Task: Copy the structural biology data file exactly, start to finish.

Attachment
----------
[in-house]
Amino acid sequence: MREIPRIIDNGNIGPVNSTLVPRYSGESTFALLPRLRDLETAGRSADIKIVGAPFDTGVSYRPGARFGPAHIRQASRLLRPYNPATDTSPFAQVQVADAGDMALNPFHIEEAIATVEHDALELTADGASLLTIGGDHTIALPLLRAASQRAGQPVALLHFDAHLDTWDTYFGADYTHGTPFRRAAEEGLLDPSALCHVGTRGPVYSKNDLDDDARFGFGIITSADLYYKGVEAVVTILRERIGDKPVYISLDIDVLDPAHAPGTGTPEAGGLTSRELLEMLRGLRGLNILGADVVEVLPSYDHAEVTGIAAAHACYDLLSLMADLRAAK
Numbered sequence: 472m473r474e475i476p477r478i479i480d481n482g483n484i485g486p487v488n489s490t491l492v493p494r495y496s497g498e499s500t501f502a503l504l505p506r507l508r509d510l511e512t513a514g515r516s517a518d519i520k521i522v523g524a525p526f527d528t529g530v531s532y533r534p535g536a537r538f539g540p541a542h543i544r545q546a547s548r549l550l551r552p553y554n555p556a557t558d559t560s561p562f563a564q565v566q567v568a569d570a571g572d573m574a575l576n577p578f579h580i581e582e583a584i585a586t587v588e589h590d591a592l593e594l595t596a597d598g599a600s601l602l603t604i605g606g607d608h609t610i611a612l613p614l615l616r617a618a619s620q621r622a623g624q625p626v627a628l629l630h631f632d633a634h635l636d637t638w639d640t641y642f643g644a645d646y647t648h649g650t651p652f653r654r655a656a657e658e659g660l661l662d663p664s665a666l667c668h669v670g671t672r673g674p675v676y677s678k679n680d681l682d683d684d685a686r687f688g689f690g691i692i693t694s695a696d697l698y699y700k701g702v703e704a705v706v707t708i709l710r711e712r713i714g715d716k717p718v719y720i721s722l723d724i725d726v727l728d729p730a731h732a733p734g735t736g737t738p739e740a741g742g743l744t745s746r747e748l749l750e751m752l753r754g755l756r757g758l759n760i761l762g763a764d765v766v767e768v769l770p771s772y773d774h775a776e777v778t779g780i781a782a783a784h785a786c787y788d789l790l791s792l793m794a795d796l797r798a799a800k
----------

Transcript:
[in-house]
Amino acid sequence: MREIPRIIDNGNIGPVNSTLVPRYSGESTFALLPRLRDLETAGRSADIKIVGAPFDTGVSYRPGARFGPAHIRQASRLLRPYNPATDTSPFAQVQVADAGDMALNPFHIEEAIATVEHDALELTADGASLLTIGGDHTIALPLLRAASQRAGQPVALLHFDAHLDTWDTYFGADYTHGTPFRRAAEEGLLDPSALCHVGTRGPVYSKNDLDDDARFGFGIITSADLYYKGVEAVVTILRERIGDKPVYISLDIDVLDPAHAPGTGTPEAGGLTSRELLEMLRGLRGLNILGADVVEVLPSYDHAEVTGIAAAHACYDLLSLMADLRAAK
Numbered sequence: 472m473r474e475i476p477r478i479i480d481n482g483n484i485g486p487v488n489s490t491l492v493p494r495y496s497g498e499s500t501f502a503l504l505p506r507l508r509d510l511e512t513a514g515r516s517a518d519i520k521i522v523g524a525p526f527d528t529g530v531s532y533r534p535g536a537r538f539g540p541a542h543i544r545q546a547s548r549l550l551r552p553y554n555p556a557t558d559t560s561p562f563a564q565v566q567v568a569d570a571g572d573m574a575l576n577p578f579h580i581e582e583a584i585a586t587v588e589h590d591a592l593e594l595t596a597d598g599a600s601l602l603t604i605g606g607d608h609t610i611a612l613p614l615l616r617a618a619s620q621r622a623g624q625p626v627a628l629l630h631f632d633a634h635l636d637t638w639d640t641y642f643g644a645d646y647t648h649g650t651p652f653r654r655a656a657e658e659g660l661l662d663p664s665a666l667c668h669v670g671t672r673g674p675v676y677s678k679n680d681l682d683d684d685a686r687f688g689f690g691i692i693t694s695a696d697l698y699y700k701g702v703e704a705v706v707t708i709l710r711e712r713i714g715d716k717p718v719y720i721s722l723d724i725d726v727l728d729p730a731h732a733p734g735t736g737t738p739e740a741g742g743l744t745s746r747e748l749l750e751m752l753r754g755l756r757g758l759n760i761l762g763a764d765v766v767e768v769l770p771s772y773d774h775a776e777v778t779g780i781a782a783a784h785a786c787y788d789l790l791s792l793m794a795d796l797r798a799a800k